Carson Yeung outlined how in the 1990s he built a chain of upmarket salons and styled hair for celebrities, earning a total of $20 million Hong Kong dollars ($2.6 million) during his hairdressing career.
He dabbled in real estate and bought a Chinese hotel before focusing on stock trading. He told court that by 2000, he was worth 80-100 million Hong Kong dollars ($10-$13 million).
Yeung is charged with five counts of money laundering involving more than HK$720 million deposited in five bank accounts from January 2001 to December 2007. Prosecutors have said the money was "criminal proceeds."
The charges are unrelated to the football team, which Yeung bought in 2009 for 81.5 million pounds (then $130 million) following a protracted takeover battle.
Prosecutors have alleged that vast sums of money flowed through Yeung's accounts even though records show he earned a meagre income during that period.
In May, prosecutors told the court that the money involved was hundreds of times more than the combined income of HK$2.2 million ($278,000) reported for 1999-2006 by Yeung and his father, who ran a vegetable stall and had some of the bank accounts in his name.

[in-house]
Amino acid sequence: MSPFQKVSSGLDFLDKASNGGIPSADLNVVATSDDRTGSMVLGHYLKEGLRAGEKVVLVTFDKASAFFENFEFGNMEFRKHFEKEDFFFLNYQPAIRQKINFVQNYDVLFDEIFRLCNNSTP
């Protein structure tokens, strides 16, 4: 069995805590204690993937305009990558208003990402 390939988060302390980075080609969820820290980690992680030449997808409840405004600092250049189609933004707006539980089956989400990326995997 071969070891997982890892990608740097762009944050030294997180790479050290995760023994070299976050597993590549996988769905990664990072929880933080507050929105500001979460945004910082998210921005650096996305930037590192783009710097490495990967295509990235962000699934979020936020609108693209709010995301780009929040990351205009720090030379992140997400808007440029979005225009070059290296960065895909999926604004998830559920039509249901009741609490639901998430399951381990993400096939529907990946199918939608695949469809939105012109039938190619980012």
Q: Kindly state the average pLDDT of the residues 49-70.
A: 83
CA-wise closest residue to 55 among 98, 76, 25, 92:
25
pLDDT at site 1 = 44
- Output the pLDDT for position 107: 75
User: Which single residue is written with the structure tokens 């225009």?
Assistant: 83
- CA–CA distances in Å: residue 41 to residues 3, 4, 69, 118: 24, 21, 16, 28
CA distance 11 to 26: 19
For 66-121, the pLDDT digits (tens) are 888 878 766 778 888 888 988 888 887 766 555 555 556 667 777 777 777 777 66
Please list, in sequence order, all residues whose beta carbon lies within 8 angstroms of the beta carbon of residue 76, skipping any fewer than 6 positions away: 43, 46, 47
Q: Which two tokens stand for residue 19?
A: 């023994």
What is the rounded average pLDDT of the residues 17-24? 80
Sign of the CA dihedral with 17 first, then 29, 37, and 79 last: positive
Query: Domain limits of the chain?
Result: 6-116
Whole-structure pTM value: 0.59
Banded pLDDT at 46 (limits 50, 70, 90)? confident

Defence lawyer Graham Harris questioned Yeung about his various ventures, part of an effort to portray him as a legitimately successful businessman.
Yeung, 53, told court he apprenticed at salons in Hong Kong, Paris and London, earning about HK$10,000 ($1,230) a month. He set up his own salon in 1989 and added four more throughout the early 1990s, becoming a "very famous" hairdresser whose services were sought after by Hong Kong movie stars.
He and his father bought a hotel in Dongguan, mainland China, which earned them a small income. They later sold it for a small profit. Yeung earned HK$7-$8 million selling property in Thailand and Malaysia to Hong Kong residents eager to leave the then-British colony ahead of its pending handover to China in 1997.
He also earned HK$15 million selling upscale villas in a Hong Kong housing development.
Yeung said he then focused on stock trading, weathering a market crash in 1998 that sent his portfolio down 70 per cent. He used cash and also borrowed money to invest in stocks, with one brokerage giving him a credit limit of HK$80 million.
Prosecutor John Reading has previously told the court that his aim is to establish the source of the money.
Birmingham won the 2011 League Cup, ending 48 years without a major trophy, but despite the victory was relegated from the Premier League the same year.
Before his takeover of Birmingham, Yeung's only experience with professional football consisted of a stint as chairman of Hong Kong Rangers Football Club from 2005-06.